Jewish World Review August 16, 2000 / 15 Menachem-Av, 5760
Jews wake up?
http://www.jewishworldreview.com -- NO ONE could reasonably accuse Minister Louis Farrakhan of dual loyalty. The Nation of Islam leader is unswerving in his devotion to America's most implacable enemies.
This irony was overlooked in coverage of Farrakhan's weekend press conference, where he questioned whether, as vice president, Sen. Joe Lieberman would be "more faithful to the Constitution ... than to the ties that any Jewish person would have to the state of Israel."
I have problems with Lieberman. (He's middle-of-the-road only if that road runs through Rep. Maxine Waters' backyard. Both received 80 percent ratings from the dogmatically liberal Americans for Democratic Action.) But for Farrakhan to question anyone's patriotism is absurd to the point of being surreal.
The Windy City Ayatollah never met an anti-American tyranny he didn't adore. Take his 1996 27-day thug tour -- a pilgrimage to the shrines of international terrorism.
In the Sudan, Farrakhan denounced America's "unjust plots" against an Islamic government that's slaughtering and enslaving Christian tribesman.
Clarence Page, a black columnist for the Chicago Tribune, accused Farrakhan of turning "a blind eye to reports of slavery in Africa, even when they're thrust in his face."
Touching down in Iran, Farrakhan proclaimed its regime a democracy. An Iranian newspaper quoted the greatest patriot since Nathan Hale predicting, "God will destroy America by the hands of Muslims."
Mutual admiration by Farrakhan and his loathsome hosts peaked in Libya, where Muammar Qaddafi offered to provide $1 billion to fund a Muslim lobby in America. In a 1985 satellite broadcast to a Farrakhan rally, Qaddafi proposed providing weapons to help the minister's followers destroy "white America."
To be accused of disloyalty by Farrakhan is a compliment, rather like an Englishman being called a traitor by the notorious Nazi propagandist Lord Haw-Haw.
I only wish American Jews were more committed to Israel's security -- a commitment entirely compatible with loyalty to America. If they were, they wouldn't vote Democratic by lopsided margins.
Without Lieberman on the ticket, Jews would still vote 80 percent Democratic this year, as they have in years past. That is to say, they would give an overwhelming endorsement to the junior partner of a president who's playing Palestinian roulette with Israel's survival to cop a Nobel Peace Prize for himself.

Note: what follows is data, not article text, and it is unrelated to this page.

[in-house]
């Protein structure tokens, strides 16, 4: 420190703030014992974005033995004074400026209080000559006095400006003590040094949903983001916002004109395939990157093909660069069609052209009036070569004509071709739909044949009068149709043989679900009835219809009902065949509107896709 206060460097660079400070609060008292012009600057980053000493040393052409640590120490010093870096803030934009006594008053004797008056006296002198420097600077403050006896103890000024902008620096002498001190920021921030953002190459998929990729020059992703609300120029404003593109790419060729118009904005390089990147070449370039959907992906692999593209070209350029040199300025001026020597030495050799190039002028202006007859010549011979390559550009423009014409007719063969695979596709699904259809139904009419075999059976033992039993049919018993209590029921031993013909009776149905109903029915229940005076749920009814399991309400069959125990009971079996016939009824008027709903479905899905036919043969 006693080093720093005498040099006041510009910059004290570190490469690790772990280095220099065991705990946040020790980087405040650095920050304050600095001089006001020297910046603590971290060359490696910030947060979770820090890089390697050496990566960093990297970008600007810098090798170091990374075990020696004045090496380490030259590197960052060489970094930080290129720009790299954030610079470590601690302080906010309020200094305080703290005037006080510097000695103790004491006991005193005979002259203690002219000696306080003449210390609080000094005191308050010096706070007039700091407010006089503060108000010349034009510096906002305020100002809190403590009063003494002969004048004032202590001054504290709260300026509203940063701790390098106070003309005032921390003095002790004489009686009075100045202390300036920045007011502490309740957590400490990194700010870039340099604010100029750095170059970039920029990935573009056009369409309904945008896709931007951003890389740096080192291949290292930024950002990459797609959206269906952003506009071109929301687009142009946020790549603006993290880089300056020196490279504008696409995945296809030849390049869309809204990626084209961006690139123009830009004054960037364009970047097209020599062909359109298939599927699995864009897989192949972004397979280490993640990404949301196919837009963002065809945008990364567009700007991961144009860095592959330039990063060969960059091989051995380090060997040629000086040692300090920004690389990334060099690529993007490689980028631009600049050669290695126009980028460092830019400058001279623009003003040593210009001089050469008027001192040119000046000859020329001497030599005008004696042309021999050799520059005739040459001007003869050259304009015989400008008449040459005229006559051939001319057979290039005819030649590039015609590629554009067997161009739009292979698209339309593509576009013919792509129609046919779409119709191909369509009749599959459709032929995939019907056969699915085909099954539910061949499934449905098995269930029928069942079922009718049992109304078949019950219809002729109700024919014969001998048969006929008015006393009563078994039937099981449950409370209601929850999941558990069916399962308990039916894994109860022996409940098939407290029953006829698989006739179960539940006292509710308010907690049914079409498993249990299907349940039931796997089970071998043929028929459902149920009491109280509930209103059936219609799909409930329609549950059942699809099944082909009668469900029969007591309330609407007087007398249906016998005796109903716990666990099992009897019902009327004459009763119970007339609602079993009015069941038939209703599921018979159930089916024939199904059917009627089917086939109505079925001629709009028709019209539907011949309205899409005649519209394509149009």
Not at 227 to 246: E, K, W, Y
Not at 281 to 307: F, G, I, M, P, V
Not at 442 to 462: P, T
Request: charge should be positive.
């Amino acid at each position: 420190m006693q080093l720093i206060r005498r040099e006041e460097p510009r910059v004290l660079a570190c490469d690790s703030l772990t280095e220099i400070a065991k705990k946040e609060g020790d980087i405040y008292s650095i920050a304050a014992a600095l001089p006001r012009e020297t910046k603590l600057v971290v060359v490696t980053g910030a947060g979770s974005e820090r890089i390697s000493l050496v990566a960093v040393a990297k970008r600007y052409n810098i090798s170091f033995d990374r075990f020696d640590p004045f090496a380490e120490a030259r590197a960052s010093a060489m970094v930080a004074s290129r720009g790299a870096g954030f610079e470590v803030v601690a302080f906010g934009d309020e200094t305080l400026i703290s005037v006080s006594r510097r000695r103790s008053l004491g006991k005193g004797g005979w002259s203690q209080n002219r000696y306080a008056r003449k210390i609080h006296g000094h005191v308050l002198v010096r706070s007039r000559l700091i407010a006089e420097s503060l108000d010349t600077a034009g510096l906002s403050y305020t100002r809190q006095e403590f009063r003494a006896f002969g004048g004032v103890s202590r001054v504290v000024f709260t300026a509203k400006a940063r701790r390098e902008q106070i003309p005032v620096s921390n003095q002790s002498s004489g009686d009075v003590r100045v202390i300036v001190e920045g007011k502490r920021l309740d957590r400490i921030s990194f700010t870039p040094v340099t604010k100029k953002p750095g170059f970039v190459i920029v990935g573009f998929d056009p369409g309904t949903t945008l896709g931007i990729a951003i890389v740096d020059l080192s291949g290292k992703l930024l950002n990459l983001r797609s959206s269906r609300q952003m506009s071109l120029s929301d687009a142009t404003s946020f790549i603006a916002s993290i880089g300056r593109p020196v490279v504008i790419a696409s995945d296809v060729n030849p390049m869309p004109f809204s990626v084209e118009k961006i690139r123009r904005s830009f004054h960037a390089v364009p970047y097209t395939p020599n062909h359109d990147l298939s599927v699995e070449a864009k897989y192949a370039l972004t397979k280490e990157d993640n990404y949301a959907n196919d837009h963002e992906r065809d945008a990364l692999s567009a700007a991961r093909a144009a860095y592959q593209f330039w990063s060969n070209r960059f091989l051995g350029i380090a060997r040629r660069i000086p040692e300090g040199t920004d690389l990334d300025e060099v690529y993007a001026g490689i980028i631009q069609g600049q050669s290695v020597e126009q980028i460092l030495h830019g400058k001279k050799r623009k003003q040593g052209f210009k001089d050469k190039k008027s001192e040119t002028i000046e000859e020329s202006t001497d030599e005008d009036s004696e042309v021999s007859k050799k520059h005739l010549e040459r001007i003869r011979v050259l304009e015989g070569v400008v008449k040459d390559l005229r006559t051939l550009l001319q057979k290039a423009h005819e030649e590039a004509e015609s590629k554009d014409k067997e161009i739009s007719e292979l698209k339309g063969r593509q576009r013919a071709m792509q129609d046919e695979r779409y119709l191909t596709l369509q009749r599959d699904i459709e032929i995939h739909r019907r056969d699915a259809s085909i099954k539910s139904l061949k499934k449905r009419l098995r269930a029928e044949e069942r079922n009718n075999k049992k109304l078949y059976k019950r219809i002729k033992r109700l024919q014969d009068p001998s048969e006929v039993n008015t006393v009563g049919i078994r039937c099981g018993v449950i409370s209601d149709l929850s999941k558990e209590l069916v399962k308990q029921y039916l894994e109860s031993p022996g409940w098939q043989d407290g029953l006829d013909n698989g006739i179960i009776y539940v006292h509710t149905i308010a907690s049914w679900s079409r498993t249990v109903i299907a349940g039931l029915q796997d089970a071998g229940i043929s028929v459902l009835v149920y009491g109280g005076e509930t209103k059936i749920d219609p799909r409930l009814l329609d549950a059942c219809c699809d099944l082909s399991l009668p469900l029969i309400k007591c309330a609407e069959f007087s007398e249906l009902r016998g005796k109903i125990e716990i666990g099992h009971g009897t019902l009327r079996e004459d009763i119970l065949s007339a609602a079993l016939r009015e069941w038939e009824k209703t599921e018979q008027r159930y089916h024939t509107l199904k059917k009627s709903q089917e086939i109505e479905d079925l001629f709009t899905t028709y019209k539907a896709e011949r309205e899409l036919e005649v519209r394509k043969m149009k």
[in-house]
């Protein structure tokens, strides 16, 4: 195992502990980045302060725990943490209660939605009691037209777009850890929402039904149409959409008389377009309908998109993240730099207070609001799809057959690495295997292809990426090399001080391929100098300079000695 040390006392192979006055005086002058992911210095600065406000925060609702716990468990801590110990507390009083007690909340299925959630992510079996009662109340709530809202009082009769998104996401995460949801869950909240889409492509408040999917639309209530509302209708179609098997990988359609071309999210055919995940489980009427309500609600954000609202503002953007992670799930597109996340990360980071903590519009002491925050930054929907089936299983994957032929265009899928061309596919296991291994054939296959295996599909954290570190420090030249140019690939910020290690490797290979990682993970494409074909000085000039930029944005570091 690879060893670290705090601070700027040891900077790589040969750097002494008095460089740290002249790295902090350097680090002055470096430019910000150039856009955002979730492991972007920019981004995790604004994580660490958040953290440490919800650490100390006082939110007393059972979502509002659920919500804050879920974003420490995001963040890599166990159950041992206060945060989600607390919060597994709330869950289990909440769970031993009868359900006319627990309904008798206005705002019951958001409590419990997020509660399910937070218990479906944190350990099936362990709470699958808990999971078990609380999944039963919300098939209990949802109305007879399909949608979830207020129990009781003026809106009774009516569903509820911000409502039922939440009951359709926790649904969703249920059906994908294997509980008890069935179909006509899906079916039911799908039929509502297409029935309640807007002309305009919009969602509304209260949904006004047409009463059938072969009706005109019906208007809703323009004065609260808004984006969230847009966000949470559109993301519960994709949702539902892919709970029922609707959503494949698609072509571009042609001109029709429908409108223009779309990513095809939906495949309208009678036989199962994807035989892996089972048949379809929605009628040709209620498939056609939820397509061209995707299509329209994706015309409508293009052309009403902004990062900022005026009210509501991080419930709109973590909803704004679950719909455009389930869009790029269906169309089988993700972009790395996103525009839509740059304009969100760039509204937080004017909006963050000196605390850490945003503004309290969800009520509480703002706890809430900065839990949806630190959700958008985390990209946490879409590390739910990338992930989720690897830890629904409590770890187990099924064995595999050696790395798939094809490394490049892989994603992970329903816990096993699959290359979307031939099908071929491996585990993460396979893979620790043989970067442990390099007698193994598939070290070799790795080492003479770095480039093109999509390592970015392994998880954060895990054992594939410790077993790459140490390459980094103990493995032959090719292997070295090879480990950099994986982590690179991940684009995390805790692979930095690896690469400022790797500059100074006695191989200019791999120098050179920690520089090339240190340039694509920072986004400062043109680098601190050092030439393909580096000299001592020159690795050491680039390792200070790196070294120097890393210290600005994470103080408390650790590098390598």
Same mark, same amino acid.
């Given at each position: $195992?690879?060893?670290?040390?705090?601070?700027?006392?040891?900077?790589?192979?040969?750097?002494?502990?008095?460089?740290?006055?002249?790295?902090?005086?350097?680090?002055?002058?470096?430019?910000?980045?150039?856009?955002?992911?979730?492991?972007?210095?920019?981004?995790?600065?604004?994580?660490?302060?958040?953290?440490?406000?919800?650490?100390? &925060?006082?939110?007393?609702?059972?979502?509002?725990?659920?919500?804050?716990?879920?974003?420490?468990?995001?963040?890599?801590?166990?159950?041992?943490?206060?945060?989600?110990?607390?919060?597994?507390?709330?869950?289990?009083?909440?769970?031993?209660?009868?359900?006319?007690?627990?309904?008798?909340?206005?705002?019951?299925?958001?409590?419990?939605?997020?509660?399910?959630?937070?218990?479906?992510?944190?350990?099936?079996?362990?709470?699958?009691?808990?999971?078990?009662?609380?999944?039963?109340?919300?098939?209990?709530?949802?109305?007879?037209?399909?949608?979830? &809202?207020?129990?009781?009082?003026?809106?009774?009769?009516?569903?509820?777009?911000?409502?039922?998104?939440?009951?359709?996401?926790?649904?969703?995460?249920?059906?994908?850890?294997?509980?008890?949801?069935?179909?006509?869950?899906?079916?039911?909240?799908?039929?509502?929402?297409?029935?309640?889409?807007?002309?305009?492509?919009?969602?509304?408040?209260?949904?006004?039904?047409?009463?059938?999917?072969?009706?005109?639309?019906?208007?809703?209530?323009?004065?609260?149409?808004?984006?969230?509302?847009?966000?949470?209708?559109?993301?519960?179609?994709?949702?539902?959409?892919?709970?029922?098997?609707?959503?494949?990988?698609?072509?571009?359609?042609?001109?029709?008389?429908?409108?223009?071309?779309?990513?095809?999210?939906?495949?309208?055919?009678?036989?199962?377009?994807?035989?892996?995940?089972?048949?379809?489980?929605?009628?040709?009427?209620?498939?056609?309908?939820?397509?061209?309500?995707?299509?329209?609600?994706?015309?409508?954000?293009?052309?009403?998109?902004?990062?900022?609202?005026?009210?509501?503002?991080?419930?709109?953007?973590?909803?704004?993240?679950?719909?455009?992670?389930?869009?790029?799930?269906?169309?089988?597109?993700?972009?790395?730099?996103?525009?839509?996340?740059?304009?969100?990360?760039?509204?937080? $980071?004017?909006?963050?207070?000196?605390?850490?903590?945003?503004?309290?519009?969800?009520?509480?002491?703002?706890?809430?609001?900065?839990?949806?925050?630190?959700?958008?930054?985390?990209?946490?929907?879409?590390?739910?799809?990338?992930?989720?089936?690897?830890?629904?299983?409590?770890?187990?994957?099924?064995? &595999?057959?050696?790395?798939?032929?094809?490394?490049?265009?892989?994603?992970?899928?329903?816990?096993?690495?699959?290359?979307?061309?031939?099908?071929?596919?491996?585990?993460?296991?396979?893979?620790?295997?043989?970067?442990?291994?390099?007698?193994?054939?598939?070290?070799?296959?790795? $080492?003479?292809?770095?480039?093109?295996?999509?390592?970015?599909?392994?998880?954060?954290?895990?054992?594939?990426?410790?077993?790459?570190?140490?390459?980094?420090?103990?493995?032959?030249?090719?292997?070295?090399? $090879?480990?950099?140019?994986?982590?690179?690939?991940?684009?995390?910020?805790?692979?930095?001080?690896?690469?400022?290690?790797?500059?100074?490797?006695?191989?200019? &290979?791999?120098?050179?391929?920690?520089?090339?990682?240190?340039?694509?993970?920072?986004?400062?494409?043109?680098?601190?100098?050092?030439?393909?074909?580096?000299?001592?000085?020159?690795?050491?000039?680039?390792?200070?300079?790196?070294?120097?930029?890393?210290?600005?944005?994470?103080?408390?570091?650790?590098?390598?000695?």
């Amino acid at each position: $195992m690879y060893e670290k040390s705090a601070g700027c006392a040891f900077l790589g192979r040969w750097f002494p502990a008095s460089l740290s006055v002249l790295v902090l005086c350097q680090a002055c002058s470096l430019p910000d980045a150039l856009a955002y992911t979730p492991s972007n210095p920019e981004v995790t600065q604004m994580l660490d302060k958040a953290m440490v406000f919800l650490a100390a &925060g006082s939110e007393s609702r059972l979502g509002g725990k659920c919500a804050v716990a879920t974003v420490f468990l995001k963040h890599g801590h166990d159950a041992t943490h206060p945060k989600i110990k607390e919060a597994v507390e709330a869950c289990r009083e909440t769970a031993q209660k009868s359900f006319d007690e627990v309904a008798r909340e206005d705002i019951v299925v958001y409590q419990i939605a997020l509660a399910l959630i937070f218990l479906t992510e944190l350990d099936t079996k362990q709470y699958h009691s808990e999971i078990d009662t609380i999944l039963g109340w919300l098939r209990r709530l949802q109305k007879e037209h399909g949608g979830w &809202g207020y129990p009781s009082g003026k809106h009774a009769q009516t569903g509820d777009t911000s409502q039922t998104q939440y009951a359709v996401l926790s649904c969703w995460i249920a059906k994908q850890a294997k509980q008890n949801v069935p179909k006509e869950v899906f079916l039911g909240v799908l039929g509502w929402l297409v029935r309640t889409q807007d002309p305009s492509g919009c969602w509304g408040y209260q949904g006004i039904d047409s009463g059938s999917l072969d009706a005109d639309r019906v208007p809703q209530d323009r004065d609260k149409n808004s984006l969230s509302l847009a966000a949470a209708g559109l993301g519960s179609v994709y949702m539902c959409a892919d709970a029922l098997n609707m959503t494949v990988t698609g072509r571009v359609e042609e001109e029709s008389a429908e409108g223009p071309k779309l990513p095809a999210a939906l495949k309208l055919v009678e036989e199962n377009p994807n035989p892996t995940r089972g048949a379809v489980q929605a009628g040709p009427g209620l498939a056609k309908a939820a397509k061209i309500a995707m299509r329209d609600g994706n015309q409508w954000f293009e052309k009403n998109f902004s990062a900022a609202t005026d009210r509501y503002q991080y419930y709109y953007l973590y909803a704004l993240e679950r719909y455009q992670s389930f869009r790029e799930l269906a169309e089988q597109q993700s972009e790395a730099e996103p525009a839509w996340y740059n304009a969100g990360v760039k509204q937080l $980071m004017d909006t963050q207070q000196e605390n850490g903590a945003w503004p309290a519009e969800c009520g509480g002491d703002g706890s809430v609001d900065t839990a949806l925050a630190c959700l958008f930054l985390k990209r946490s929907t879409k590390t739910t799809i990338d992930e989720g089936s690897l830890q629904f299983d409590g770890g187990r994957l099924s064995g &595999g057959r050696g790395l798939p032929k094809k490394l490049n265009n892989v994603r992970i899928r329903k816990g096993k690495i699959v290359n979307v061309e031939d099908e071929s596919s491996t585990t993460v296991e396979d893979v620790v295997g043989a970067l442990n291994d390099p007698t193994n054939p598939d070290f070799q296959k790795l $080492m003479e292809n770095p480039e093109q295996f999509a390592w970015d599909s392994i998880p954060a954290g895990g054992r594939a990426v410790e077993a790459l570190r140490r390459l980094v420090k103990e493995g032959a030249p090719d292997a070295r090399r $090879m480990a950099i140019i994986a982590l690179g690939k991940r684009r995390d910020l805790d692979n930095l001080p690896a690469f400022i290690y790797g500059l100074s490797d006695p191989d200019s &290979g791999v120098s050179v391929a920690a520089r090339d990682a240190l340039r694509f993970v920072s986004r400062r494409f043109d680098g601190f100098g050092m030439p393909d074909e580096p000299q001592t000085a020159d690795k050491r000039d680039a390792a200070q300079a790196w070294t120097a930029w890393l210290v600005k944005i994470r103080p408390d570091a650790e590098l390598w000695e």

Clinton is the best president Hamas ever had.
When asked at a July 1, 1999, press conference about the so-called Palestinian right of return, the president magnanimously expressed the hope that one day Palestinians could return "home" even to pre-1967 Israel. If that ever happened, millions of Palestinians and their descendants from throughout the Arab world would inundate Israel -- putting an end to the Jewish state.
This administration has never criticized Yasser Arafat for a single violation of the Oslo Accords, including his refusal to honor 45 Israeli requests for the extradition of known terrorists. But it regularly condemns Jerusalem for legal construction of housing in the territories.
Speaking at Tel Aviv University on May 21, Clinton's National Security Adviser Sandy Berger said Arab violence directed at Israel is both a "curse" and a "blessing," because it "constitutes the greatest incentive" to negotiations.
When former Prime Minister Benjamin Netanyahu wasn't quick enough to make concessions, Clinton sicced his favorite attack dog on him. On the president's orders, James Carville helped Ehud Barak win the 1999 election.
By contrast, this year's Republican national platform pledges, "While we have hopes for the peace process, our commitment to the security of Israel is an overriding moral and strategic concern." Is the GOP guilty of dual loyalty?
Regrettably, most American Jews will once again vote with their hearts rather than their heads. Instead of casting their votes for Israel's legitimate security interests, they will vote their faith -- not in Judaism or Zionism, but liberalism.
If Gore is elected, Farrakhan needn't worry about the Lieberman's loyalty.
Shortly, there may not be any Israel to be loyal
JWR contributing columnist Don Feder's latest books are Who is afraid of the Religious Right? ($15.95) and A Jewish conservative looks at pagan America ($9.95). To receive an autographed copy, send a check or money order to: Don Feder, The Boston Herald, 1 Herald Sq., Boston, Mass. 02106. Doing so will help fund JWR, if so noted. He is also available as a guest speaker. To comment on this column please click here.